1. Na (tongue): black in Vata conditions, yellow or red in Pitha, white in Kapha, ulcerated in anaemia.
  2. Varnam (color): dark in Vata, yellow or red in Pitha and pale in Kapha.
  3. Svaram (voice): normal in Vata, high-pitched in Pitha, low-pitched in Kapha, slurred in alcoholism.
  4. Kann (eyes): muddy conjunctiva in Vata, yellowish or red in Pitha, pale in Kapha.
  5. Sparisam (touch): dry in Vata, warm in Pitha, chill in Kapha, sweating in different parts of the body.
  6. Malam (stool): black stools indicate Vata, yellow for Pitha, pale in Kapha, dark red in ulcer and shiny in terminal illness.
  7. Neer (urine): early morning urine is examined; straw color indicates indigestion, reddish-yellow color in excessive heat, rose in blood pressure, saffron color in jaundice, and looks like meat washed water in renal disease.
  8. Nadi (pulse): the confirmatory method recorded by checking the pulse. Any alterations in the three doshas are identified by the pulse. Under normal conditions, the ratio between Vatam, Pitham and Kapham is 4:2:1.


The drugs used by the Siddhars are mainly of three types: herbal products, in-organic substances and animal products.  The drugs are further classified as:

  1. Uppu (water-soluble inorganic substances or drugs that give out vapor when put into fire)
  2. Pashanam (drugs not dissolved in water but emit vapor when fired)
  3. Uparasam (similar to pashanam but differ in action)
  4. Loham (not dissolved in water but melt when fired)
  5. Rasam (drugs which are soft)
  6. Ghandhagam (drugs which are insoluble in water, like sulphur).

According to their mode of application, the Siddha medicines fall under two types: Internal medicine : administered the oral way and further classified into 32 categories based on their form, methods of preparation, shelf-life, etc and External medicine: which include the use of certain drugs and certain application procedures  including leech application, oil massage etc. It is also classified into 32 categories.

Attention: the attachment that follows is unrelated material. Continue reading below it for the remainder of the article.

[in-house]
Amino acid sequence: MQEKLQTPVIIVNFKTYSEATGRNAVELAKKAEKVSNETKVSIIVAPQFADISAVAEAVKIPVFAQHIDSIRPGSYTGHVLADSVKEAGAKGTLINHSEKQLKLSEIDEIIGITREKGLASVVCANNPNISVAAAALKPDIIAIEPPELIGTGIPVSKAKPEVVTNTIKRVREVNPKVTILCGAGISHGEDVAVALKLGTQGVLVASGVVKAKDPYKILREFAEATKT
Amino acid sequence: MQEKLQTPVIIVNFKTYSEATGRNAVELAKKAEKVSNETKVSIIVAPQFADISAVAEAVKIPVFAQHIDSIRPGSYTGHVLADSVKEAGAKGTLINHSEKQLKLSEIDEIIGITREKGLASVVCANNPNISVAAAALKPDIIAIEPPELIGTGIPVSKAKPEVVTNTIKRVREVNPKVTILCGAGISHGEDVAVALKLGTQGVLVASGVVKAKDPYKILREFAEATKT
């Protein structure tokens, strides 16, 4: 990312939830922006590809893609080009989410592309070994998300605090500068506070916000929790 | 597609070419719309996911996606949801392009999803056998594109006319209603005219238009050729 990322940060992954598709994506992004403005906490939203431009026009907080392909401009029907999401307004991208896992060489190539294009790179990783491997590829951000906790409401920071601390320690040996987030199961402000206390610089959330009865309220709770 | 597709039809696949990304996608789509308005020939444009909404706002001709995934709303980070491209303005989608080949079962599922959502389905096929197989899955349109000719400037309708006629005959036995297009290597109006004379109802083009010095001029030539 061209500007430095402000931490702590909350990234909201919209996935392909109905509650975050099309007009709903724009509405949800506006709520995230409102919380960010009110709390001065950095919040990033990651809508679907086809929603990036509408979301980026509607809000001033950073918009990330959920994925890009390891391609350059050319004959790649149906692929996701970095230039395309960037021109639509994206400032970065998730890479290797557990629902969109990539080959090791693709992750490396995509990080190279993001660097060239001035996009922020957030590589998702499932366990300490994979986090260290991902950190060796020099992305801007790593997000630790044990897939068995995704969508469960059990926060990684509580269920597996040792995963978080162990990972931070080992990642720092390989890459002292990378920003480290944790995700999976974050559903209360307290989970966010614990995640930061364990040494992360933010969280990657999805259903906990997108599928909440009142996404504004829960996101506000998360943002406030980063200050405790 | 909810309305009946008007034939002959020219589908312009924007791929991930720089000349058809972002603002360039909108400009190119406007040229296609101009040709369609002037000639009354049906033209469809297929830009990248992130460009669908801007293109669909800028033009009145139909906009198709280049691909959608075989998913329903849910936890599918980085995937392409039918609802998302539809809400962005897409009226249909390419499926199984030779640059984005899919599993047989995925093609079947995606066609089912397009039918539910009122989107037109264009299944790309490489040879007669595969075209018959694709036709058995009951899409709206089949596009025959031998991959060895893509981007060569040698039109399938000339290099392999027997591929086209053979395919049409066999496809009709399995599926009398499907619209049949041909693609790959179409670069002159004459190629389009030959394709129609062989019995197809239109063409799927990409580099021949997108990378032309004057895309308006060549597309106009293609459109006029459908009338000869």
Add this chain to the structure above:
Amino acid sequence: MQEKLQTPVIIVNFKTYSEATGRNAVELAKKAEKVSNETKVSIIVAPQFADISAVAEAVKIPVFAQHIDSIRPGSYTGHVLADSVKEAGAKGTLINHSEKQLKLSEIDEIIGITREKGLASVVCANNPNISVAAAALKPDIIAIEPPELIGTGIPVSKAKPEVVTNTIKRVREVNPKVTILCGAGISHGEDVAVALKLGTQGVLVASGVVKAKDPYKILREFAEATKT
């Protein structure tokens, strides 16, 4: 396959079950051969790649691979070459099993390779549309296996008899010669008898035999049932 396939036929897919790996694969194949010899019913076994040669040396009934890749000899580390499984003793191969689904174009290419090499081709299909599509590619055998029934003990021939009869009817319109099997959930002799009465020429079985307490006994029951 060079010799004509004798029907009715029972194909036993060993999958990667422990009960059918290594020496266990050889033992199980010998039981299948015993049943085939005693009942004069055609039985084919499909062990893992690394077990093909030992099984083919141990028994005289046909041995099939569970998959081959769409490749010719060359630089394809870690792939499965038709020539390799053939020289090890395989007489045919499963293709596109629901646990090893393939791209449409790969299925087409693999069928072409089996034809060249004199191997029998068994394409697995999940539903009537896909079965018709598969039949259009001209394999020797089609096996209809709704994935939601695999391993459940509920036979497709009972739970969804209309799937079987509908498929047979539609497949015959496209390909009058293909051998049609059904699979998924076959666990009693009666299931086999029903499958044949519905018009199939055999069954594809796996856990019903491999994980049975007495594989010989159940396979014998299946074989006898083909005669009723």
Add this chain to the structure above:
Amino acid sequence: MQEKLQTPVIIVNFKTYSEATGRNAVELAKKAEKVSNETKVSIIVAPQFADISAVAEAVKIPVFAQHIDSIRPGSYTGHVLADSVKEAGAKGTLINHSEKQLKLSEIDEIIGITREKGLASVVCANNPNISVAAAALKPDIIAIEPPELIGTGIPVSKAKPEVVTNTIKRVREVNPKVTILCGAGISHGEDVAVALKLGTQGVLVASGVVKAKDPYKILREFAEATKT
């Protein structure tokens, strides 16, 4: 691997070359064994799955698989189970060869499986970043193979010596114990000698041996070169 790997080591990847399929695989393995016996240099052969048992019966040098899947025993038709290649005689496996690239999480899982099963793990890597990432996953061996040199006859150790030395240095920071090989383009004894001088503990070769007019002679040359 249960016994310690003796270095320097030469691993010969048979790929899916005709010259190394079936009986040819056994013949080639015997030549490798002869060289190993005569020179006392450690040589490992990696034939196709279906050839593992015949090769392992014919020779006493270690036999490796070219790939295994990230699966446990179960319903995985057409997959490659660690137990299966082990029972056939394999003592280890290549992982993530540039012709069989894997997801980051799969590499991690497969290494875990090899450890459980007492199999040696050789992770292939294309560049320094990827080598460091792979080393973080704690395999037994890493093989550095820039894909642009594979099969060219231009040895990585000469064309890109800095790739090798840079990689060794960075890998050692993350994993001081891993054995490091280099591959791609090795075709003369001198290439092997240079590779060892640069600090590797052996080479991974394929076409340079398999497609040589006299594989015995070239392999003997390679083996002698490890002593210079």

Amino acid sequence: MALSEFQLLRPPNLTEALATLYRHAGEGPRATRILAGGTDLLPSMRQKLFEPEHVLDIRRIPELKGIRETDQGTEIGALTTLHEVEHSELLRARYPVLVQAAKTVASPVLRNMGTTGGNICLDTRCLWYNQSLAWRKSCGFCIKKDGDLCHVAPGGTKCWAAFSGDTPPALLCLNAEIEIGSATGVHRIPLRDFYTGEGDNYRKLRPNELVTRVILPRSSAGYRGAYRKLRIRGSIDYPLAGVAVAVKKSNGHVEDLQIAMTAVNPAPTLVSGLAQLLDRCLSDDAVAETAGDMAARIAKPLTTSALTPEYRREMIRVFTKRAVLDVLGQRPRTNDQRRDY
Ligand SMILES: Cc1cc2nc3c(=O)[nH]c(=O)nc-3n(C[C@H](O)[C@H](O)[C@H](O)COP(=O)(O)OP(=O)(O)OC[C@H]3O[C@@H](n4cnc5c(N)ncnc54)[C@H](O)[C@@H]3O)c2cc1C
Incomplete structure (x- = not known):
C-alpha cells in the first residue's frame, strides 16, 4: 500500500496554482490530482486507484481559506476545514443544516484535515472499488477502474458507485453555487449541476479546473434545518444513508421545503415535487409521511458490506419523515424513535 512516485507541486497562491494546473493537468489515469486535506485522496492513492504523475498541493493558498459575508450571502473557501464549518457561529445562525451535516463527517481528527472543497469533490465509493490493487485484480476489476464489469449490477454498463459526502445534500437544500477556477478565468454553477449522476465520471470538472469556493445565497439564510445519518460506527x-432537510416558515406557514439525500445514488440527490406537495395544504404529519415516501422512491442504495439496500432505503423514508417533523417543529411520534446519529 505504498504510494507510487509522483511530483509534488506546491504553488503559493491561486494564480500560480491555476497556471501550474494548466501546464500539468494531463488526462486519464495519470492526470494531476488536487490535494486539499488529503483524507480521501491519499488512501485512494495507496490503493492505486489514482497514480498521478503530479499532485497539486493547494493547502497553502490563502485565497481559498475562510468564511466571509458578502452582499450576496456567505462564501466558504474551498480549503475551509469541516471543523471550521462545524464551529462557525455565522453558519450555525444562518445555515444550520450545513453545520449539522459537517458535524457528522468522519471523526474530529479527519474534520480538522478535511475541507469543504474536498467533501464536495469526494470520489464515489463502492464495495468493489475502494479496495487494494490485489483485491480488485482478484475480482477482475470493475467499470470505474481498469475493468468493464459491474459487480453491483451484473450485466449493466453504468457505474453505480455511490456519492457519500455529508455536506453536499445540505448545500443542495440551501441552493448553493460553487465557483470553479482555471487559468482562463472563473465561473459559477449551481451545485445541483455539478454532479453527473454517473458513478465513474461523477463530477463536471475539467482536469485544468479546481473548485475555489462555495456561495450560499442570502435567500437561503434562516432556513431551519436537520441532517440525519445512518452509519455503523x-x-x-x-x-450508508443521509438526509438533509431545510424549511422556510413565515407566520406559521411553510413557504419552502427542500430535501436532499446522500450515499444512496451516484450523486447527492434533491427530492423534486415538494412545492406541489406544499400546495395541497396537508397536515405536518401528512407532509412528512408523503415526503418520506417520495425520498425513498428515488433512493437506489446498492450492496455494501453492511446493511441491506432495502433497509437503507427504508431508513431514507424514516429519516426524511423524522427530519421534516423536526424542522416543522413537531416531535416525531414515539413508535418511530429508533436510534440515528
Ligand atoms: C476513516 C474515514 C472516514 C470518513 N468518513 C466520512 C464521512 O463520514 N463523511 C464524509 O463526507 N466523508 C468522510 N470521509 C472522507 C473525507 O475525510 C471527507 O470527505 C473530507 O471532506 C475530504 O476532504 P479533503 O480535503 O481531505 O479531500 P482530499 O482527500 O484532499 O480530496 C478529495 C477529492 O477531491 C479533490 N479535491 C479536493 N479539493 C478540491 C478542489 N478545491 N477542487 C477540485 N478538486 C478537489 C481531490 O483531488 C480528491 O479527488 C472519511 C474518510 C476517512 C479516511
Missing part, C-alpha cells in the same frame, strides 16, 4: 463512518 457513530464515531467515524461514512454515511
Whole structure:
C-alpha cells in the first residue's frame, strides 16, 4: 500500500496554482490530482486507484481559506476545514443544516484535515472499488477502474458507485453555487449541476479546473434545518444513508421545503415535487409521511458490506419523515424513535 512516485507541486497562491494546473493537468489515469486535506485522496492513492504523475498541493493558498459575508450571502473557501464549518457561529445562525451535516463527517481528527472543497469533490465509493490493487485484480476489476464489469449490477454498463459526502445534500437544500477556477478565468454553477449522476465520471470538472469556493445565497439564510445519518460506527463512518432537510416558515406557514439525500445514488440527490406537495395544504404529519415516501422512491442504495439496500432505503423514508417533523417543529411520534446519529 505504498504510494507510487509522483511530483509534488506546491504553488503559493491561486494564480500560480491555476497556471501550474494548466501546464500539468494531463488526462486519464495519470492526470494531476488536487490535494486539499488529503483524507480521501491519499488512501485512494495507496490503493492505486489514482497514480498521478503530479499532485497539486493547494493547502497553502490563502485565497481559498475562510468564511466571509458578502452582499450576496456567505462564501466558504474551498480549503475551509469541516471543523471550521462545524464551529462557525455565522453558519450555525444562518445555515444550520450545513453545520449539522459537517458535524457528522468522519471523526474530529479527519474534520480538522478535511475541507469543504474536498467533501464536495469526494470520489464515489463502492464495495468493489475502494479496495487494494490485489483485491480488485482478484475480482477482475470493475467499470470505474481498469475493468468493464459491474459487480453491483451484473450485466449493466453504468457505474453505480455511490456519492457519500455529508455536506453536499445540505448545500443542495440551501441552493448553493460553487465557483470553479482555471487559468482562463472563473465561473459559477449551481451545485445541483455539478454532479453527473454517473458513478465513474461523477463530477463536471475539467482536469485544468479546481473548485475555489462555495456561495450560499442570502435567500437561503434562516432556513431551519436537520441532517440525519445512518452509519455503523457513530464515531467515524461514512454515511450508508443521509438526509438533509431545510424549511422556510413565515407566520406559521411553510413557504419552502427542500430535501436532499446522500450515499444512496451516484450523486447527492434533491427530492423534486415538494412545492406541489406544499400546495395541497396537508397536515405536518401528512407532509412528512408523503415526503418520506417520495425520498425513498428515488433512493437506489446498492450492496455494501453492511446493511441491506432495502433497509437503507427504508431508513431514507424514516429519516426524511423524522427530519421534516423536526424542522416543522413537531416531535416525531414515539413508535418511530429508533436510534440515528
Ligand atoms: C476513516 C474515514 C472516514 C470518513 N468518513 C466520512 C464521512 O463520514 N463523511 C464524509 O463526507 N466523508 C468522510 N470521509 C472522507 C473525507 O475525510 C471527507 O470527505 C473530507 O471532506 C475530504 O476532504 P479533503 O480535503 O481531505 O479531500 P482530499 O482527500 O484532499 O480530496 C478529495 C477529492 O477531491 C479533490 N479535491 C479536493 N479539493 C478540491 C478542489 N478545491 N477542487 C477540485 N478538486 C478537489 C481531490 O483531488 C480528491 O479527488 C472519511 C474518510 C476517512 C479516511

The treatment in Siddha medicine is aimed at keeping the three humors in equilibrium and maintenance of seven elements. So a proper diet, medicine and a disciplined regimen of life are crucial for a healthy living and to restore equilibrium of humors in any diseased condition. Siddha treatments are classified into three categories:

  1. Devamaruthuvum (divine method) medicines like parpam, chendoora, guru, kuligai made of mercury, sulphur and pashanams are used
  2. Manuda maruthuvum (rational method) medicines made of herbs like churanam, kudineer or vadagam are used
  3. Asura maruthuvum (surgical method) , incision, excision, heat application, blood letting, or leech application are used.


Varmam is a specialized branch of Siddha that is practiced in pockets of Tamil Nadu and Kerala. This branch of Siddha science deals with traumatology and accidental injuries than the internal injuries, where no immediate symptoms are visibly seen. It deals with stimulating specialized pressure points distributed all over the body. Any injury to these points due to trauma or accidents creates problems of neuro-muscular, musculo-skeletal in nature, systemic diseases or even death based on the intensity.

There are about 108 of such vital points in the body, which are either junctions of bones, tendons, ligaments or blood vessels, and they are called Varma points. Practitioners use the knowledge of these points to regulate bodily functions.

Varma vidya is a highly specialized expertise that is passed on from teacher to disciple or as valued family tradition. The Varma experts used a special technique named as ‘Thokkanam’ to manipulate these points and relieve associated ailments.

Inputs by Dr Inde Thomas, a Sr. Research Fellow at I-Aim Healthcare Center, an NABH accredited Ayurveda Hospital in Bangalore.